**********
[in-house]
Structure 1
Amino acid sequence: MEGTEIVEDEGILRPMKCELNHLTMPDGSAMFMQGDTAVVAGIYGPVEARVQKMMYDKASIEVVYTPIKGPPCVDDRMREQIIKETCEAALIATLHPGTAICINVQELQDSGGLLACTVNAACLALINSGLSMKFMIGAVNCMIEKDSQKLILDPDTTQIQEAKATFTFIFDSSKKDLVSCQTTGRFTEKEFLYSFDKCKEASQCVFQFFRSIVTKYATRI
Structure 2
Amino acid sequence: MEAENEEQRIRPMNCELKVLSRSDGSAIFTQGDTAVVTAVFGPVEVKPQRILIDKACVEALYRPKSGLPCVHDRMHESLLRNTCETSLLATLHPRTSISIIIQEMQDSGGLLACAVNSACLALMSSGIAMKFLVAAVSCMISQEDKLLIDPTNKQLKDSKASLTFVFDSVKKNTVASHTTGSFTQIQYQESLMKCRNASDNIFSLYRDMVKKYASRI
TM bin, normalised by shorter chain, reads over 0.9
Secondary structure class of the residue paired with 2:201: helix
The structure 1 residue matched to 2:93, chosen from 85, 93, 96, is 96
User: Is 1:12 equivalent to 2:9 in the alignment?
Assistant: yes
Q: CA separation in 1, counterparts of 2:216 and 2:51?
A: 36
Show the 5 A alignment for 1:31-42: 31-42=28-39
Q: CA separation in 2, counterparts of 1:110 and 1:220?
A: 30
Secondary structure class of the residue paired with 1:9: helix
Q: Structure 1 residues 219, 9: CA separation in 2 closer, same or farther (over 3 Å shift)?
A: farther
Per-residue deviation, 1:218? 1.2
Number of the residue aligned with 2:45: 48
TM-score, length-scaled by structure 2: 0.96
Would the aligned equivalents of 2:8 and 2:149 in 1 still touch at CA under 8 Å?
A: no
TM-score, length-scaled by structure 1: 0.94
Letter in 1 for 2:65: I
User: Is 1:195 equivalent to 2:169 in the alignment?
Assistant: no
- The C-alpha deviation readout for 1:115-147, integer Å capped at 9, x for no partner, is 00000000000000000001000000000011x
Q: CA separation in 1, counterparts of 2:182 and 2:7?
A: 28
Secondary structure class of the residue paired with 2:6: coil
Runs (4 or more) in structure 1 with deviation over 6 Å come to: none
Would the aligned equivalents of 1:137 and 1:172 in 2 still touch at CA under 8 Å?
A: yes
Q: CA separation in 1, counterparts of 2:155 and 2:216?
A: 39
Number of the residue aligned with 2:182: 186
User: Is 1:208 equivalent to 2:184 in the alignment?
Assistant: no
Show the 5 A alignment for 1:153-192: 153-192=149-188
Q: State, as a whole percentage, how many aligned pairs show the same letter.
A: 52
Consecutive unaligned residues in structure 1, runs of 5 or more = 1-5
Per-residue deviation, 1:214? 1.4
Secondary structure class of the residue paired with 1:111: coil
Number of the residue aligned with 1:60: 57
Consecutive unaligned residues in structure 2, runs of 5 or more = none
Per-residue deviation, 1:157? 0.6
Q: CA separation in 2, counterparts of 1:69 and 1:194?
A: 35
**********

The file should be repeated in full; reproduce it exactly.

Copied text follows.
[in-house]
Structure 1
Amino acid sequence: MEGTEIVEDEGILRPMKCELNHLTMPDGSAMFMQGDTAVVAGIYGPVEARVQKMMYDKASIEVVYTPIKGPPCVDDRMREQIIKETCEAALIATLHPGTAICINVQELQDSGGLLACTVNAACLALINSGLSMKFMIGAVNCMIEKDSQKLILDPDTTQIQEAKATFTFIFDSSKKDLVSCQTTGRFTEKEFLYSFDKCKEASQCVFQFFRSIVTKYATRI
Structure 2
Amino acid sequence: MEAENEEQRIRPMNCELKVLSRSDGSAIFTQGDTAVVTAVFGPVEVKPQRILIDKACVEALYRPKSGLPCVHDRMHESLLRNTCETSLLATLHPRTSISIIIQEMQDSGGLLACAVNSACLALMSSGIAMKFLVAAVSCMISQEDKLLIDPTNKQLKDSKASLTFVFDSVKKNTVASHTTGSFTQIQYQESLMKCRNASDNIFSLYRDMVKKYASRI
TM bin, normalised by shorter chain, reads over 0.9
Secondary structure class of the residue paired with 2:201: helix
The structure 1 residue matched to 2:93, chosen from 85, 93, 96, is 96
User: Is 1:12 equivalent to 2:9 in the alignment?
Assistant: yes
Q: CA separation in 1, counterparts of 2:216 and 2:51?
A: 36
Show the 5 A alignment for 1:31-42: 31-42=28-39
Q: CA separation in 2, counterparts of 1:110 and 1:220?
A: 30
Secondary structure class of the residue paired with 1:9: helix
Q: Structure 1 residues 219, 9: CA separation in 2 closer, same or farther (over 3 Å shift)?
A: farther
Per-residue deviation, 1:218? 1.2
Number of the residue aligned with 2:45: 48
TM-score, length-scaled by structure 2: 0.96
Would the aligned equivalents of 2:8 and 2:149 in 1 still touch at CA under 8 Å?
A: no
TM-score, length-scaled by structure 1: 0.94
Letter in 1 for 2:65: I
User: Is 1:195 equivalent to 2:169 in the alignment?
Assistant: no
- The C-alpha deviation readout for 1:115-147, integer Å capped at 9, x for no partner, is 00000000000000000001000000000011x
Q: CA separation in 1, counterparts of 2:182 and 2:7?
A: 28
Secondary structure class of the residue paired with 2:6: coil
Runs (4 or more) in structure 1 with deviation over 6 Å come to: none
Would the aligned equivalents of 1:137 and 1:172 in 2 still touch at CA under 8 Å?
A: yes
Q: CA separation in 1, counterparts of 2:155 and 2:216?
A: 39
Number of the residue aligned with 2:182: 186
User: Is 1:208 equivalent to 2:184 in the alignment?
Assistant: no
Show the 5 A alignment for 1:153-192: 153-192=149-188
Q: State, as a whole percentage, how many aligned pairs show the same letter.
A: 52
Consecutive unaligned residues in structure 1, runs of 5 or more = 1-5
Per-residue deviation, 1:214? 1.4
Secondary structure class of the residue paired with 1:111: coil
Number of the residue aligned with 1:60: 57
Consecutive unaligned residues in structure 2, runs of 5 or more = none
Per-residue deviation, 1:157? 0.6
Q: CA separation in 2, counterparts of 1:69 and 1:194?
A: 35